How to Consolidate Student Loan Debt
Casey is a reformed sports journalist tackling a new game of financial services writing. Mike Francesa once called her a “great girl.”
At a Glance
If you’re dealing with the burden of multiple student loans, you might be able to consolidate them into one loan with a fixed interest rate that’s based on the average rate of your existing loans to help pay off your debt. The idea is to make student loan debt more manageable, and possibly even less expensive if done right.
Navigating the differences between federal and private student loan debt consolidation:
- Student loan consolidation vs. student loan refinancing
- Federal student loan debt consolidation
- How to consolidate federal student loans
- Pros and cons of student loan debt consolidation
- Private student loan debt consolidation
- How to consolidate private student loans
- Pros and cons of private student loan debt consolidation
Student loan consolidation vs. student loan refinancing
There are two types of student loan consolidation that are often confused but vary significantly: student loan consolidation (for federal loans) and student loan refinancing, or private student loan consolidation.
Student loan consolidation
Federal student loan consolidation is when you take multiple federal loans and combine them into one federal loan. This is done via Federal Student Aid, an office of the Department of Education. Your new loan, a direct consolidation loan, is free of charge. Instead of making multiple monthly payments, you’ll have a single monthly payment.
Student loan refinancing
Student loan refinancing is done through a private lender. If you have both federal and private student loans and want to combine them for one monthly payment, refinancing would be your only option. With refinancing, you negotiate a fixed or variable interest rate that should be lower than the individual interest rates on each of your existing loans.
You can’t transfer private loans to the federal government, but you can consolidate both private and federal loans through a private lender. If federal loans are included in your refinancing, you’ll lose the repayment options and forgiveness programs, like deferment and forbearance, that are included.
A deferment temporarily postpones a loan payment under certain circumstances. Interest generally does not accrue on the subsidized part of a direct consolidation loan during this period. Forbearance temporarily suspends or reduces your loan payments for a certain period.
Federal student loan debt consolidation
There’s no credit requirement for consolidating federal student loan debt. But only federal loans can be consolidated this way. This could be a good option for you if:
- You have Federal Family Education, Perkins, or parent PLUS loans as you need to consolidate to be eligible for perks like income-driven repayment (IDR) or public service loan forgiveness (PSLF).
- You want to streamline multiple monthly payments into one payment, but you don’t need the rate to drop significantly
- You defaulted on your student loan and want to work to get out of default
How to consolidate federal student loans
Consolidating a federal student loan is fairly straightforward.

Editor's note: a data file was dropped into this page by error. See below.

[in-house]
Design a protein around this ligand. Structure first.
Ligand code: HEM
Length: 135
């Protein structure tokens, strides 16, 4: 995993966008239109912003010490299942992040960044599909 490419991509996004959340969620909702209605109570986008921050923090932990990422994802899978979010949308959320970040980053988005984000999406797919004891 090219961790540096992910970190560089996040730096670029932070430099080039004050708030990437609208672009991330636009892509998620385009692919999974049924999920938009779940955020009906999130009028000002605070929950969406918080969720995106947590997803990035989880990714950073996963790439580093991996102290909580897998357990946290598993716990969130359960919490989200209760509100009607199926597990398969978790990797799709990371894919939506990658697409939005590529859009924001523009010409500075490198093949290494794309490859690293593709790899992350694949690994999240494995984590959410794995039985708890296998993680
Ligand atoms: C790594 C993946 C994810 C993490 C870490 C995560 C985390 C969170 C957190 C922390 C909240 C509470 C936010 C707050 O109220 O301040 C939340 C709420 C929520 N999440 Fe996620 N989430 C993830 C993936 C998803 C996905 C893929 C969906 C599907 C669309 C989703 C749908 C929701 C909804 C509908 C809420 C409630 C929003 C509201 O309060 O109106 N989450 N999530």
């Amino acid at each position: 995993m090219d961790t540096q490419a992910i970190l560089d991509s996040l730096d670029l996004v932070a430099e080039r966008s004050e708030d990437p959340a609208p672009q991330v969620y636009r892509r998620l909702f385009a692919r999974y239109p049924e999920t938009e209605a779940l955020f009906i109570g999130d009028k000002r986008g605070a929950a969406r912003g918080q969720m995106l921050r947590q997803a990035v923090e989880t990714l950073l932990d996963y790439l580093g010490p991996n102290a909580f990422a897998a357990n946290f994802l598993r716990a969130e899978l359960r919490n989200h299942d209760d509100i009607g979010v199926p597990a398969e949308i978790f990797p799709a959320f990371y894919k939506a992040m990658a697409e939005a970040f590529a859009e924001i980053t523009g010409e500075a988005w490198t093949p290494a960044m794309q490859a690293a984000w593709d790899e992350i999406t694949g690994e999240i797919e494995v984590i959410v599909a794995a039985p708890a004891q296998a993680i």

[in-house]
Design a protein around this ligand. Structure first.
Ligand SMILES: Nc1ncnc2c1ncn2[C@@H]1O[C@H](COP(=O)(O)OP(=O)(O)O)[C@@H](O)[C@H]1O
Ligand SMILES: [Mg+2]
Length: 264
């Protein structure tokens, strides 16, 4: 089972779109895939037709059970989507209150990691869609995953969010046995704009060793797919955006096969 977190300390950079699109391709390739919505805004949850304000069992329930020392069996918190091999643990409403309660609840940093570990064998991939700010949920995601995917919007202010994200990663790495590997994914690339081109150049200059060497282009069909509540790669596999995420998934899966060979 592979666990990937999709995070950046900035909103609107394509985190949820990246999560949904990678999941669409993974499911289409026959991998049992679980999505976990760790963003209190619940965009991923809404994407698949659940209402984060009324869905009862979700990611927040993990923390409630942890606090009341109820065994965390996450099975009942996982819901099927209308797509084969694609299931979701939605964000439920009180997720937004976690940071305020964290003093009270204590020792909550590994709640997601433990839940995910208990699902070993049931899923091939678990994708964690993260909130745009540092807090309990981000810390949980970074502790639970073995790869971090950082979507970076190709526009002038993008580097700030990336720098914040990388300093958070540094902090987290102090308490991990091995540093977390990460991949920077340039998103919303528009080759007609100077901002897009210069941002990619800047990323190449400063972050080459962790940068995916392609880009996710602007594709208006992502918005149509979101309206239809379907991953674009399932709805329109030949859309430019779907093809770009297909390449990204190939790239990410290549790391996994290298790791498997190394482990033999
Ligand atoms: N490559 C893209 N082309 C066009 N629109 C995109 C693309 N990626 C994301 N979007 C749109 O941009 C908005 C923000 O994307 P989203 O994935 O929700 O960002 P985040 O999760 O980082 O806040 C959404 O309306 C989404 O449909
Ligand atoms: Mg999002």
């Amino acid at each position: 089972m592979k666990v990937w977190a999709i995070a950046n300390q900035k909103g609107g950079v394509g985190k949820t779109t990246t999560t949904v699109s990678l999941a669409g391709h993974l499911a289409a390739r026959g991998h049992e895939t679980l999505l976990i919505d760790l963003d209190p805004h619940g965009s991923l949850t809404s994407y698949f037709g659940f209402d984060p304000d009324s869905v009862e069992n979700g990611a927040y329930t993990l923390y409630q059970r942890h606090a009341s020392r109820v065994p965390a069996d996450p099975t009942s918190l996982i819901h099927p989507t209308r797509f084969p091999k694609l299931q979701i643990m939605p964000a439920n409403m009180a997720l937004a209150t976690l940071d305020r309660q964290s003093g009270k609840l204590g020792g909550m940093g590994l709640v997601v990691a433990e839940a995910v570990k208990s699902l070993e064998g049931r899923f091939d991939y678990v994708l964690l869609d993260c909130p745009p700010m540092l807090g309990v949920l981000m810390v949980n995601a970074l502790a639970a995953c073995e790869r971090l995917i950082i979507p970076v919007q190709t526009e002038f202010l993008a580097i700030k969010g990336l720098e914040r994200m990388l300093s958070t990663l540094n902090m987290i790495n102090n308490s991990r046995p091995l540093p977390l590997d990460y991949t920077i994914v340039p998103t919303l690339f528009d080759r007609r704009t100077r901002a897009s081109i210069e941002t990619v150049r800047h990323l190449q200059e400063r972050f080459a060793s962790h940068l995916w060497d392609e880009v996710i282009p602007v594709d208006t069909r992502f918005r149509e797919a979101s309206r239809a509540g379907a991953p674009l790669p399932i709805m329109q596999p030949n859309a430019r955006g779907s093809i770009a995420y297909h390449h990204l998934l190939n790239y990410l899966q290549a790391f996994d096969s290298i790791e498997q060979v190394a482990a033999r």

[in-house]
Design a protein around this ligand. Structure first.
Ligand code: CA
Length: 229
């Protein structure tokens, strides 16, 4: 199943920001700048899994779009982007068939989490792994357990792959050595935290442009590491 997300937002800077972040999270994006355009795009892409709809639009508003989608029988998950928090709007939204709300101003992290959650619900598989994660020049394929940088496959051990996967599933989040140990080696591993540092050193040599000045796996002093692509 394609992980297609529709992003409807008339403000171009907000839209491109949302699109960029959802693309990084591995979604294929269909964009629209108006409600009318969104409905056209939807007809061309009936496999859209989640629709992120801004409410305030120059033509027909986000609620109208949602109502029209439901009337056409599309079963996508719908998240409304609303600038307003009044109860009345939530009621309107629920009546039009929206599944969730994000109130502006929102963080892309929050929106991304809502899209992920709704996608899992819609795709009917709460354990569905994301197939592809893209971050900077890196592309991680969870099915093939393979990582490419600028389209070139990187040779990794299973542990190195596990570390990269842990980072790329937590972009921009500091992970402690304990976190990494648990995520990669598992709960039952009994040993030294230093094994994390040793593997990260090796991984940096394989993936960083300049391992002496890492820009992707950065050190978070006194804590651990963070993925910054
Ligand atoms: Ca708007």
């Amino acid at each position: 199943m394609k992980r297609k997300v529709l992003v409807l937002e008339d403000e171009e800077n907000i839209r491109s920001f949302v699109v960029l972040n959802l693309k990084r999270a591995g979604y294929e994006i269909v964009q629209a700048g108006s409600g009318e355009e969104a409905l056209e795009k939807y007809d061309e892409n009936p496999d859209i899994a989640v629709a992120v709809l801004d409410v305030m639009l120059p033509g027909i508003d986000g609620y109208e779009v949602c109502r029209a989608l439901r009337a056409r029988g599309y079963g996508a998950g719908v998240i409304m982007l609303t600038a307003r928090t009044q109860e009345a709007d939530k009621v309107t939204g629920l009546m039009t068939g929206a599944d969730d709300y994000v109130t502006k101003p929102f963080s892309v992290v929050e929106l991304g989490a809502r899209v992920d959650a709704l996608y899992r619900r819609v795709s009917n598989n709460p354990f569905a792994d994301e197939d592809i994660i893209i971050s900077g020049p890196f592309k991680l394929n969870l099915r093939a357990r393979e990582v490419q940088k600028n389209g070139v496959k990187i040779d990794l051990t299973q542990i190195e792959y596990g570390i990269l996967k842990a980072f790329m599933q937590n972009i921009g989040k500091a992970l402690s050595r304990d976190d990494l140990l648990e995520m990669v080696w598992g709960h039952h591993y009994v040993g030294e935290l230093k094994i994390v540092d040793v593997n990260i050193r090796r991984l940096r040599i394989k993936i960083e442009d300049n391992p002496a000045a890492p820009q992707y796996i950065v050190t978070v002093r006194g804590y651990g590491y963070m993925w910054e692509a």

- Visit the Direct Consolidation Loan Application and sign in to your account
- Gather your FSA ID, personal information, and financial information listed in the “What do I need?” section before proceeding to fill out the application. The application process must be completed in one session and reportedly takes most users less than 30 minutes.
- Enter the loans you do and don’t want to consolidate
- Pick a repayment plan. This can be from a timeline based on your loan balance or an income-driven plan. With the latter, you’ll need to fill out an Income-Driven Repayment Plan Request.
- Before submitting, read and review the terms. Keep making your payments as normal until you get confirmation that your consolidation has gone through.
Pros and cons of student loan debt consolidation
- Single payment instead of multiple payments
- Help you avoid defaulting
- Fixed interest rate
- Longer-term loans for lower payments
- Increase deferment and forbearance options
- No minimum or maximum amount
- Help protect your credit
- Option to set up an automatic payment, which could come with a discount
- Could pay more interest over time with a longer loan
- Rounded-up interest rate
- Private loans can’t be consolidated through the federal consolidation program
- Could lose some benefits
- Lose grace period
- You can only consolidate once
Private student loan debt consolidation
With private student loan consolidation, or refinancing, your financial history comes into play with the new interest rate you’re getting. Your financial history includes your credit score, income, job history, and educational background.
You generally need at least a good credit score to qualify. Interest rates can range from around 2% to upwards of 13%, depending on the lender and whether it’s a fixed or variable interest rate.1 This can be a good move if:
- You’ve made at least some payments on time since leaving school
- You have good or excellent credit, typically at least 670
- You have a steady job/income
- You can get a cosigner with those credentials
How to consolidate private student loans
The process of consolidating private student loans completely depends on the lender. But online lenders typically offer a web-based application that takes 10 minutes or fewer to fill out and give a response within a few minutes.
Pros and cons of private student loan debt consolidation
- Lower interest rate and monthly payment
- Less hassle with one monthly payment instead of multiple
- Choice of fixed or variable interest rates
- Remove your cosigner
- Lose perks or get them reduced
- End up paying more in interest by extending the length of the loan
- Interest rates are already good